In April of 2017, the fidget spinner's popularity began to rise at an unprecedented rate. The Google search engine reported that "fidget Spinner" searches spiked during this month. By May 4th, an entire plethora of fidget spinner variations occupied every spot on the Top 20 Best Selling toys list for Amazon.com.

Many of the publications discussed the fidget sinner as a passing fad and compared it to the rise in water bottle flipping that began in 2016. In an article in the New York Post, the fidget spinner was called "a low-tech, low-cost item that everybody across the nation is looking to buy and stores just can't keep them in stock."

Should fidget spinners be banned from school?

The rapid rise in popularity continues to grow through 2017, combined with the advertised benefits for children with autism and ADHD, and others, many students of all ages and grades began to show up to school gripping their favorite spinner.

In New Hampshire school, aged children were collecting, trading and selling fidget spinners. The Boston Globe posted a comment from a sixth-grade school teacher who said, by the time we got back into school, several of the kids had brought a fidget spinner. The following day a few more, then a few more, pretty soon fidget spinners were all the rave and more common ten pencils and erasers."

In many cases, the fidget spinner allowed the children to focus on their task at school, the Chicago Tribune reported, "It is increasingly common for kids to show up to class with some item that allows them to settle and focus on the tasks at hand."

Because they are so popular in schools, there are a great many schools that are looking to ban the introduction of these items in school. The biggest reasons were that the items were not helping kids focus but rather distracting the children from completing their studies.

Taylor Klaus commented," there are times that children do not understand the primary function of the spinner and this becomes a pint of distraction rather than focusing power. Klaus continued saying, "fidget spinners are noisy, visually distracting and for these reasons are not ideal classroom objects, nevertheless, to ban them from the classroom would be throwing the baby out with the bath water."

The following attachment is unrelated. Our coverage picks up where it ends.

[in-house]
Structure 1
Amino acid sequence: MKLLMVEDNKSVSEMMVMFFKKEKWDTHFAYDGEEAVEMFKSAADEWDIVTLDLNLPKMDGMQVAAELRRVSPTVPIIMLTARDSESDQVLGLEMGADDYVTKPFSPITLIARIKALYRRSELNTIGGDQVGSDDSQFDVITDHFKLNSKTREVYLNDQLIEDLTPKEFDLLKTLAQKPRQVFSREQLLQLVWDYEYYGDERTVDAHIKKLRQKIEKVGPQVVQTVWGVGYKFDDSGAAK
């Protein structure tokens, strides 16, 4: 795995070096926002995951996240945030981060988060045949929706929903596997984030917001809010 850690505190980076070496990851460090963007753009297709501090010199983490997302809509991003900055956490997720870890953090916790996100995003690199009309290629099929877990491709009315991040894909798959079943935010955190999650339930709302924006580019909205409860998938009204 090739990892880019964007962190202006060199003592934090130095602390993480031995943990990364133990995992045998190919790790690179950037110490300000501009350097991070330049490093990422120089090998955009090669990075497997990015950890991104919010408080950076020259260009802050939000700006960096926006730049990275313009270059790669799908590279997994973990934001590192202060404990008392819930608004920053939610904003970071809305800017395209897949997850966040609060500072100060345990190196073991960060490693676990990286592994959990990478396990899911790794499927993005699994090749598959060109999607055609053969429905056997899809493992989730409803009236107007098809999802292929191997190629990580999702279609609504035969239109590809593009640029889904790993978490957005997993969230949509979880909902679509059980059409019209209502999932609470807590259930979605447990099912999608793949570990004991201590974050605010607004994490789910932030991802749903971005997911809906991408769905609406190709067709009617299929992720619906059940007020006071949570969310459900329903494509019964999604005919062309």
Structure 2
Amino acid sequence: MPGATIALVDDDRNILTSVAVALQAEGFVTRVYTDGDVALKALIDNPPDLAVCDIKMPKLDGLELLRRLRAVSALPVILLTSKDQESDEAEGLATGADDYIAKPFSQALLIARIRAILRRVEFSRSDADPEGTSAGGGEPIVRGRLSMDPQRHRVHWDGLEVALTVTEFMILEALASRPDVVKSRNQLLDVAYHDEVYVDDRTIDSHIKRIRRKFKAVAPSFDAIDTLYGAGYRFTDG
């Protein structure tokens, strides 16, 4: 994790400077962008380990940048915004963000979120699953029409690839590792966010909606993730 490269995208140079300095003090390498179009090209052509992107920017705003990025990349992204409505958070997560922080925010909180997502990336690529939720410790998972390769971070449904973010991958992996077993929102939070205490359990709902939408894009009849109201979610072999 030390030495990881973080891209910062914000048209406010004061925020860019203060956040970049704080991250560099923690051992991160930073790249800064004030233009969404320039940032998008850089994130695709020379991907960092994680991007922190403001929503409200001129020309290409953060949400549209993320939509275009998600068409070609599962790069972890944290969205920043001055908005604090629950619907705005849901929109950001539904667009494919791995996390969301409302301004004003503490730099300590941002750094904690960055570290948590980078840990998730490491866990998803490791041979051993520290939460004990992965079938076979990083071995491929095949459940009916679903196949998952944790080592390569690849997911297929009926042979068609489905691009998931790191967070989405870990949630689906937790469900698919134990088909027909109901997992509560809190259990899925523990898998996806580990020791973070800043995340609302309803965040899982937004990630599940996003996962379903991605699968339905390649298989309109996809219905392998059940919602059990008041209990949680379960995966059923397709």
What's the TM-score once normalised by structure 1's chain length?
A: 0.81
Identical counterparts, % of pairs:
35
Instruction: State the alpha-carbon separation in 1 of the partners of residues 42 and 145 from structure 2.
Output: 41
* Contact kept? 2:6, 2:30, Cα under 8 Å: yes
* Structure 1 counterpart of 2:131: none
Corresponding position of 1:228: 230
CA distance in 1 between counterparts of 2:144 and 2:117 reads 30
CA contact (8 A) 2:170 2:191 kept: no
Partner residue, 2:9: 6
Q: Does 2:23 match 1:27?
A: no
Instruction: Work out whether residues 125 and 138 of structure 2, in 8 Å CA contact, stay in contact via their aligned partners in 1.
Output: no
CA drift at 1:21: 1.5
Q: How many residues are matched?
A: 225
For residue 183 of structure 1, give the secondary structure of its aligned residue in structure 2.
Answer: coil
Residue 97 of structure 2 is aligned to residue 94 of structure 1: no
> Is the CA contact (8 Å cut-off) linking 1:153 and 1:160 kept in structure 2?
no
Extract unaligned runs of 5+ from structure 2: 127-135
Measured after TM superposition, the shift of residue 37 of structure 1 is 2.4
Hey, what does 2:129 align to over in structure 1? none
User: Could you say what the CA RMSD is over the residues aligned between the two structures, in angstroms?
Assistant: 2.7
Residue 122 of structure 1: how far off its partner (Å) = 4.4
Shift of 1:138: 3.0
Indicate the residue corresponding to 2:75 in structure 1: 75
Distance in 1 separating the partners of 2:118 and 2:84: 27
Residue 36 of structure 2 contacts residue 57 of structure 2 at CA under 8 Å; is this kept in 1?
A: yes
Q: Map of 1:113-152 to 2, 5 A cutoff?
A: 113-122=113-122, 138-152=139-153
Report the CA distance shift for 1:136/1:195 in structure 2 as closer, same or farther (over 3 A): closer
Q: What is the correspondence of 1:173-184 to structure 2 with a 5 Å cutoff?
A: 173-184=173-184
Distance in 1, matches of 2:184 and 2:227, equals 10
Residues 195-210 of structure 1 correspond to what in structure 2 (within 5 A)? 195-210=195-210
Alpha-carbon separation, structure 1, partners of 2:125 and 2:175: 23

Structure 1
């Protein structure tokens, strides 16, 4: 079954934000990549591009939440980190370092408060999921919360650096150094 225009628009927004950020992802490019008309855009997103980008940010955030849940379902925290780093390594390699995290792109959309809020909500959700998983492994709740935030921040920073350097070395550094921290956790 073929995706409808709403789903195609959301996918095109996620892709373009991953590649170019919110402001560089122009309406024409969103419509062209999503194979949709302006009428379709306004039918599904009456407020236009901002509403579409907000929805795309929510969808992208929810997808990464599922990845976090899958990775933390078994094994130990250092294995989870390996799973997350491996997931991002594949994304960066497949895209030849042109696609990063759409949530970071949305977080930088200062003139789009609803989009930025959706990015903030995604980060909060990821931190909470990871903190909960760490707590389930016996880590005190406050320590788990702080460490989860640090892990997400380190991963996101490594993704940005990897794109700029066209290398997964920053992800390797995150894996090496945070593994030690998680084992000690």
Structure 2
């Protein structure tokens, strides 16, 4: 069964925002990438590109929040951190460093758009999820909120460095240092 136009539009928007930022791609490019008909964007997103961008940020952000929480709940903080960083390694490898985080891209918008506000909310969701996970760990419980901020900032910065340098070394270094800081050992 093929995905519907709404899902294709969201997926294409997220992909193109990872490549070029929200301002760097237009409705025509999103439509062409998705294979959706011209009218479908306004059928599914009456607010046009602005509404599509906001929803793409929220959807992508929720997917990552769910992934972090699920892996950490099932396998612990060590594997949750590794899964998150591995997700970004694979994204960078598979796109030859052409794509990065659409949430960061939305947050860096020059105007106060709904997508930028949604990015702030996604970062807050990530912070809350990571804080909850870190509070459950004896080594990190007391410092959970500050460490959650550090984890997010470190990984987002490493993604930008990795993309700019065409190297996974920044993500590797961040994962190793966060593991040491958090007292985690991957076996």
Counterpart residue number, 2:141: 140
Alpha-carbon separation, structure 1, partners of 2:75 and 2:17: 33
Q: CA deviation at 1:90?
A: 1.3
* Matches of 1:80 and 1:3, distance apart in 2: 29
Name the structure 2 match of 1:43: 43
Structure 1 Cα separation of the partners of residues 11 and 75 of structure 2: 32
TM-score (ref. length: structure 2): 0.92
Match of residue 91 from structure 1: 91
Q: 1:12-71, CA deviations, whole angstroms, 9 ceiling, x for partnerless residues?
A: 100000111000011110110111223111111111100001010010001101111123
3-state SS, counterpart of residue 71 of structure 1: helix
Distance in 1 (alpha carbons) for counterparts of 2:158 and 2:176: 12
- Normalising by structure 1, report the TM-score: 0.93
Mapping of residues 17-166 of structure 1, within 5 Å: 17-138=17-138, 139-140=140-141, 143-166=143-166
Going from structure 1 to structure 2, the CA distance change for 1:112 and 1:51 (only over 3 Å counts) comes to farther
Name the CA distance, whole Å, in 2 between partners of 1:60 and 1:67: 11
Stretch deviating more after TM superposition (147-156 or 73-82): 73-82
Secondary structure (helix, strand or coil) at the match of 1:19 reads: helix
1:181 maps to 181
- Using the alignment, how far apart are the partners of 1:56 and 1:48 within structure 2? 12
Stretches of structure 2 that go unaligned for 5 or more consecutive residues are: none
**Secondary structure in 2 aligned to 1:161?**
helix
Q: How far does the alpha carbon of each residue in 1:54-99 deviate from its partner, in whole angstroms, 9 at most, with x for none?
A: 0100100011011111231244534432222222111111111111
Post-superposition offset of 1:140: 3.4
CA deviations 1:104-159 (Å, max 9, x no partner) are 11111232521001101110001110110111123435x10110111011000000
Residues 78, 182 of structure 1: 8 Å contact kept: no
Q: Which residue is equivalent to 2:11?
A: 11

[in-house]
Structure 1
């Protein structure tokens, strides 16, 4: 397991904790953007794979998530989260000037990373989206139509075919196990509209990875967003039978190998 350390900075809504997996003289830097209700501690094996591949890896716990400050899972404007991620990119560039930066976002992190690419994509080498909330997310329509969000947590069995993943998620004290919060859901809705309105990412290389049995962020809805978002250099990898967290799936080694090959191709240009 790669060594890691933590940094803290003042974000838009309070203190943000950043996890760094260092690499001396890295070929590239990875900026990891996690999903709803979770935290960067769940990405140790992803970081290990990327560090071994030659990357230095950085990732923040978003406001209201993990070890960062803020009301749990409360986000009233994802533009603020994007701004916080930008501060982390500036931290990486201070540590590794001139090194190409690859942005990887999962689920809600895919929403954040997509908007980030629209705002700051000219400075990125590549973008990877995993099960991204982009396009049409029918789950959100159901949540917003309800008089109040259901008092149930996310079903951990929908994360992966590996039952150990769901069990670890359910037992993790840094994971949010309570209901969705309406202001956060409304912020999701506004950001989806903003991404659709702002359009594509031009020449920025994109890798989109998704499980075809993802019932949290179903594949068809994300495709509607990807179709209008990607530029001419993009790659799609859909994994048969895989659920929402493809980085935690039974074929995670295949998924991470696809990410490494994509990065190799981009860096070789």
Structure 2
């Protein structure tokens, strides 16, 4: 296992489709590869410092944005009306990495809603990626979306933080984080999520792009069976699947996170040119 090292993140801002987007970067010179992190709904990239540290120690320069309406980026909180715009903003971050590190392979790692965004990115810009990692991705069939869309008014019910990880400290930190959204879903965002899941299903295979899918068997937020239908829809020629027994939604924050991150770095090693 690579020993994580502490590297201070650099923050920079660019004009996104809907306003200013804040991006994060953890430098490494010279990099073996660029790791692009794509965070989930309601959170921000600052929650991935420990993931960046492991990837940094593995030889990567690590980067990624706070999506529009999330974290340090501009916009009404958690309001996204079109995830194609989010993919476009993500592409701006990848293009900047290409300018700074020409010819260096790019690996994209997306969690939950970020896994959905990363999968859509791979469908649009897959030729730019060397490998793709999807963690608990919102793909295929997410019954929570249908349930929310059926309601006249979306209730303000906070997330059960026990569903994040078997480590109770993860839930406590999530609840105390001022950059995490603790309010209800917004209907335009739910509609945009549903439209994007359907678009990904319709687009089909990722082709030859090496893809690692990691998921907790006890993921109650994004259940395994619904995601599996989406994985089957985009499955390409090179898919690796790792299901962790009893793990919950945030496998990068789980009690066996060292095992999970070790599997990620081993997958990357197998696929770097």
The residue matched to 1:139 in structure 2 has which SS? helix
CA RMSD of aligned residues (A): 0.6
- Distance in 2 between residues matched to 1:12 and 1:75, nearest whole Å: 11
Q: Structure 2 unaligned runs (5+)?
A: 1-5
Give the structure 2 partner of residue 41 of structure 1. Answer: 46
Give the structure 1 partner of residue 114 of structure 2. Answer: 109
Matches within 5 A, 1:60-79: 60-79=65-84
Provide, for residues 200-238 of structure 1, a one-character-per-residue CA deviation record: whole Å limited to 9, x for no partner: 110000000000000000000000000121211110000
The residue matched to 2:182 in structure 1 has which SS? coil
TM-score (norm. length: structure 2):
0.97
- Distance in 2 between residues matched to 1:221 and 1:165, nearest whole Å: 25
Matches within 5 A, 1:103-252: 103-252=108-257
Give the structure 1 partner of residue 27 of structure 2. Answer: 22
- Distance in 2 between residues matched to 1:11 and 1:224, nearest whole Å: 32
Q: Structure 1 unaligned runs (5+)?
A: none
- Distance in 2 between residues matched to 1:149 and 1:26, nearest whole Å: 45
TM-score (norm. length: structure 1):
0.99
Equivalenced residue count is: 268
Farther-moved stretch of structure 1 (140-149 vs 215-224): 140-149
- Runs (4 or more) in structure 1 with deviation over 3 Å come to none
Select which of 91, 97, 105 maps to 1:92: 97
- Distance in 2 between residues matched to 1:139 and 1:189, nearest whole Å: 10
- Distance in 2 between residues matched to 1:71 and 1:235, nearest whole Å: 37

Illinois' Plainfield District 202 were considering the idea of banning the spinner along with Mina Griffith, the superintendent for student services. The reasons were, "many kids are using the objects for their intended purpose, they have been taught how to use them." Nevertheless, for many other kids the object is a fad, a popularity item. Student looking to focus should use one, but for kids that have no disability the object is a toy and this should be banned.

What are fidget spinners used for?

When the fidget spinner gained popularity in early 2017, there were many publications made on how the spinner was beneficial to autism, ADHD and other learning deficiencies. An article in Money Magazine said, "fidget spinners were created and sold as calming tools that help kids to remain focused". Many of the products being sold on Amazon were being sold as stress relievers. Hettinger even recalled a special need teacher that used the device with her autistic kids and it actually helped them to calm down.

James Plafke of Forbes stated that, "there is simply not enough evidence that shows a device like this can indeed help people from the perspective of the mentally challenged."

Poss.Ross-Keller stated, "fidget spinners can be a good item for those kids who genuinely need them, but there should be ground rules in place that reach an understanding between the child and educator in advance. Poss. went on to deliver a more critical view of the spinner, "Spinner toys are exactly that, toys, and in my personal opinion and that of most teachers I have talked to, toys should be left out of the classroom."